A resolution to questions about the future of Virginia’s newest Supreme Court justice was nowhere in sight this past week with Democratic Gov. Terry McAuliffe locked in a stalemate with Republican legislators.
McAuliffe on Aug. 26 affirmed his determination to reappoint his choice for the Supreme Court seat, former Fairfax Judge Jane Marum Roush, despite warnings from Republicans of impending legal turmoil.
House Speaker William J. Howell responded the next day with a letter outlining the GOP’s legal arguments that any appointments made before January could be invalidated.
Participants and observers alike said they saw no sign of any overtures for compromise. Bar groups reacted with dismay at the conflict.
“I think we just have a standoff here,” said Sen. A. Donald McEachin, chair of the Senate Democratic caucus.
Senate Democrats contend the Assembly session ended when they adjourned Aug. 17, opening the door for McAuliffe to make more recess appointments. Republicans say the Assembly is still in session since the Constitution does not allow one house to adjourn for more than three days without the consent of the other house.
McAuliffe was undaunted in his plans for Roush.
“I will reappoint her. I’ve already advised the speaker and the Senate leader,” McAuliffe told a radio audience.
The governor brushed aside suggestions that he should have been more solicitous to Republicans in appointing Roush.
“This petty who-called-who, we do not have time for this. She is by far the best justice. Everybody agrees that her qualifications are the best. We do need a justice from Northern Virginia; it’s been a long time. … She came with the highest recommendations,” McAuliffe said.
“Unfortunately, the Republicans tried to use her as a partisan political pawn so they could get me to cancel the redistricting session. I couldn’t cancel it. I was under court order,” McAuliffe added.
McAuliffe had called the Aug. 17 redistricting session in response to a federal court directive to redraw boundary lines for Virginia’s 3rd Congressional District. He said opposition to Roush was a GOP ploy to get him to cancel the session.
Despite some calls for her to decline reappointment, McAuliffe said Roush wants to stay on the court.
“She does. She’s excited. I give this woman tremendous credit. She’s tough as nails,” the governor said.
McAuliffe’s confidence in his course ignored the legal clouds that would hang over any further recess appointments, Republicans said.
Howell and fellow Republicans pointed to an early 70s dispute over legislative status in Pennsylvania. Considering similar facts and law, that state’s Supreme Court invalidated approximately 680 gubernatorial appointments.
“Based on the joint procedural resolution agreed to by all members of both the Virginia House of Delegates and the Senate of Virginia, the plain language of the Constitution of Virginia and a review of relevant case law and legal opinions, it is without question that the General Assembly remains in session,” Howell said in an Aug. 27 letter to McAuliffe.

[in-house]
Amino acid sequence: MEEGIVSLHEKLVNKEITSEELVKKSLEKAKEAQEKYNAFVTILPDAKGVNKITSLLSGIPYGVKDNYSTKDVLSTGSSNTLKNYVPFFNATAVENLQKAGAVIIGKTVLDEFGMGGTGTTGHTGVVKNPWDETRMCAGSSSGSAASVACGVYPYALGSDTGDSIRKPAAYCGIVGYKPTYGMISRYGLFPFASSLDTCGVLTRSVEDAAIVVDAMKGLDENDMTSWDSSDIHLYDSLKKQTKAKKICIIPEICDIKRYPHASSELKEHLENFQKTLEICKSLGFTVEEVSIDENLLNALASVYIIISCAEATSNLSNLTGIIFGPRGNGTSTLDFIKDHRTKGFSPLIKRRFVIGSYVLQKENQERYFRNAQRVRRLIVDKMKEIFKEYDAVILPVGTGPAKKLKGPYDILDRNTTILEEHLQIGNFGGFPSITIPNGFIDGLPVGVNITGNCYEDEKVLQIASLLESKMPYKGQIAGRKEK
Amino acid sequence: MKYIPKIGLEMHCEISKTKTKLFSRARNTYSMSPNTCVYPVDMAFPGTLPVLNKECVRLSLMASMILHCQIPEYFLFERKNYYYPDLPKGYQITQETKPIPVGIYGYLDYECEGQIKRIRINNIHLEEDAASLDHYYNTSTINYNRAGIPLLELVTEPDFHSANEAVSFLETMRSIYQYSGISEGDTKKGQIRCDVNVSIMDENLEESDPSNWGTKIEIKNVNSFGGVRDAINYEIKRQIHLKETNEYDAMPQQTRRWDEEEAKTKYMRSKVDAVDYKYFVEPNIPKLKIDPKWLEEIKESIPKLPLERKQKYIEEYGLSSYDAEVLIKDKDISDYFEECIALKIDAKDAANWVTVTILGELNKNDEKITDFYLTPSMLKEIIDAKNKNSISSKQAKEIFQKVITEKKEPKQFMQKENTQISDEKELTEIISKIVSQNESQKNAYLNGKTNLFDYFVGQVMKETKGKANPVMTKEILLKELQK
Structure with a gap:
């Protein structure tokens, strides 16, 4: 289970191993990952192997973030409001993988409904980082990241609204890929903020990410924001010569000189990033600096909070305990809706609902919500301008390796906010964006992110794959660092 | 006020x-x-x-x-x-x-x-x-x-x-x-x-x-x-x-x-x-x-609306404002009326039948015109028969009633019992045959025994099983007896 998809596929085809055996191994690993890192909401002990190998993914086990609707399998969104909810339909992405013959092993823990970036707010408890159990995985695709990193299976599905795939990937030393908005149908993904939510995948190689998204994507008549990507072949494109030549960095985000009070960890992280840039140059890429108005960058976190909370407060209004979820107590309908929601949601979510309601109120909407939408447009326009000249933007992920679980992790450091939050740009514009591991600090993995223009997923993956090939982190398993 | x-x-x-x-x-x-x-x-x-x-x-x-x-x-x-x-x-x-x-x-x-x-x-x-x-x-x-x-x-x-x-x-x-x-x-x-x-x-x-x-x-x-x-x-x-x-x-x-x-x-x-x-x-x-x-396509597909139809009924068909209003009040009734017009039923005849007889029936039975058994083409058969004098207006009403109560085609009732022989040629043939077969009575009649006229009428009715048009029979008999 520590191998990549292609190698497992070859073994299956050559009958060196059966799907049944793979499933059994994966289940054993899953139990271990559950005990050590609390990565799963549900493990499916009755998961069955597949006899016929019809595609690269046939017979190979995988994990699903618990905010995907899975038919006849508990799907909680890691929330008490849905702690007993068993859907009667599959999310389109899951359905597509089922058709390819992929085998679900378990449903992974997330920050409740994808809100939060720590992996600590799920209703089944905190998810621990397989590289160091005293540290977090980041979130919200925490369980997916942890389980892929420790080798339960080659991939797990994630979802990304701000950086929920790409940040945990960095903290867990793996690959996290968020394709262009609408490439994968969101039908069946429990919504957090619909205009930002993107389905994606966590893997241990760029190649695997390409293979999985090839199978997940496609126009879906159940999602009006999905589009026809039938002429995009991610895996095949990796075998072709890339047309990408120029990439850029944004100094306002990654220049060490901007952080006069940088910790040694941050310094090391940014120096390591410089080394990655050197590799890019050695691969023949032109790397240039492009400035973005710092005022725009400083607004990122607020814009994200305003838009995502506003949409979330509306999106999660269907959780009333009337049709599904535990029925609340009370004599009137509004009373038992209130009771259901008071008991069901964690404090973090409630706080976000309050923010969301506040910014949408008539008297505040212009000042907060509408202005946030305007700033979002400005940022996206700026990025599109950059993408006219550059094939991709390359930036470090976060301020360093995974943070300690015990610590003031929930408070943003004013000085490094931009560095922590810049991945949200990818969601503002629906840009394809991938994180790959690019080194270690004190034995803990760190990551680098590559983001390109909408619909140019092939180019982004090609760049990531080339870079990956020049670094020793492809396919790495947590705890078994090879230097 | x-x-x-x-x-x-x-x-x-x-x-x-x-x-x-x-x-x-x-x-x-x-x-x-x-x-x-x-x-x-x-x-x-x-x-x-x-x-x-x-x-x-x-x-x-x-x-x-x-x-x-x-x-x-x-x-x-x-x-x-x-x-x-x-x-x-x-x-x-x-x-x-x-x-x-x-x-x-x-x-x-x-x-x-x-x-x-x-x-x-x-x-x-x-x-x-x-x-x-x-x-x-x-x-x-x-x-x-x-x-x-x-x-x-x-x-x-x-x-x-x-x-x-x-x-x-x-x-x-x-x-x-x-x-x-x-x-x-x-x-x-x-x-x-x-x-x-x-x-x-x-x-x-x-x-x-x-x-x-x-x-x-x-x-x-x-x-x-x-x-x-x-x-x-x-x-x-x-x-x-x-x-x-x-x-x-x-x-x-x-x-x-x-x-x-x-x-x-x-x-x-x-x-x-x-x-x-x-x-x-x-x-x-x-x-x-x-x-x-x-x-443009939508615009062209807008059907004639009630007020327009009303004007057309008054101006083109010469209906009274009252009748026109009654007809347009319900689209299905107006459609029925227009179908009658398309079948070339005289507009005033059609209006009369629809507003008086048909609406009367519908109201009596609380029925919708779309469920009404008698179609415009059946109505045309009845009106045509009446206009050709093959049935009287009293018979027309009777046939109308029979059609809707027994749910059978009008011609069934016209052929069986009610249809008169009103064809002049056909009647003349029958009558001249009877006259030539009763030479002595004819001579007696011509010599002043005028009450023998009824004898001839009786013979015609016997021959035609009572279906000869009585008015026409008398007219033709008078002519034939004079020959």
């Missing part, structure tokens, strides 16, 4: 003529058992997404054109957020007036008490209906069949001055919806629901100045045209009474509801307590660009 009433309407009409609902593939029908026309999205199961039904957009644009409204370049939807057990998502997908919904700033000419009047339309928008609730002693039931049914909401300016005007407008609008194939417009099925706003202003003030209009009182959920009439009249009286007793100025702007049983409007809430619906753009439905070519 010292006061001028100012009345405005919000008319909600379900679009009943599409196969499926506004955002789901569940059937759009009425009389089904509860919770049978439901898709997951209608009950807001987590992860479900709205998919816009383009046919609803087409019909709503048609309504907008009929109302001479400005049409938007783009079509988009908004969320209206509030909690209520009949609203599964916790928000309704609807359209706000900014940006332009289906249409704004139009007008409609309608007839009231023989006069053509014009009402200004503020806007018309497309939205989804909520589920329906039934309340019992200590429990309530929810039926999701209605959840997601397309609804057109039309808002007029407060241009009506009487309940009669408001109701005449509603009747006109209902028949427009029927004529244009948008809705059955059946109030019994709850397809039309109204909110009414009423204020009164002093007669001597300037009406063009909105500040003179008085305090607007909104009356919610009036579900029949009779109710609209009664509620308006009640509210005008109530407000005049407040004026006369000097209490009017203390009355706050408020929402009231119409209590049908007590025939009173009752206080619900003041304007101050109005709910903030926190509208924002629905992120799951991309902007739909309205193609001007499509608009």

Questionable judicial appointments would equate to questionable court authority, Republicans warned.
After her reappointment, anyone disappointed with a Supreme Court decision with Roush on board could challenge the validity of the ruling, said Sen. Ryan T. McDougle, chair of the Senate Republican Caucus. The same would be true, he said, for any judge the governor might appoint to fill Roush’s vacant seat on the Fairfax circuit bench.
“The litigants in those cases would have a very legitimate argument to either directly or collaterally attack those actions,” McDougle said.
McDougle predicted any legal fights over the Assembly deadlock will come in individual cases decided under McAuliffe-appointed judges, not with some high-level constitutional donnybrook with the Assembly.
The governor seemed to agree.
“This is between the Senate and the House. I doubt the Supreme Court would want to take this up,” McAuliffe said.
Attorneys’ protests over Roush’s predicament seemed to fall on mostly deaf ears at Capitol Square.
“Because both sides in this dispute have openly acknowledged the fitness and high qualifications of this sitting justice, and because considerations that have nothing to do with this justice appear to be the source of the dispute, her removal from office would be completely unjustified,” read an Aug. 14 statement of 10 former and present presidents of the Loudoun County Bar Association.
The statement echoed sentiments expressed by several other groups of present and former bar leaders.
Nevertheless, McDougle said no one is talking about making peace with a compromise candidate or political trade-offs.
“I am not aware of any discussion between the executive branch and Senate Republican leadership to come up with a different discussion,” he said.
“I am not aware of any overtures for compromise,” McEachin concurred.
“I think the drama in this matter is yet to come,” McDougle said.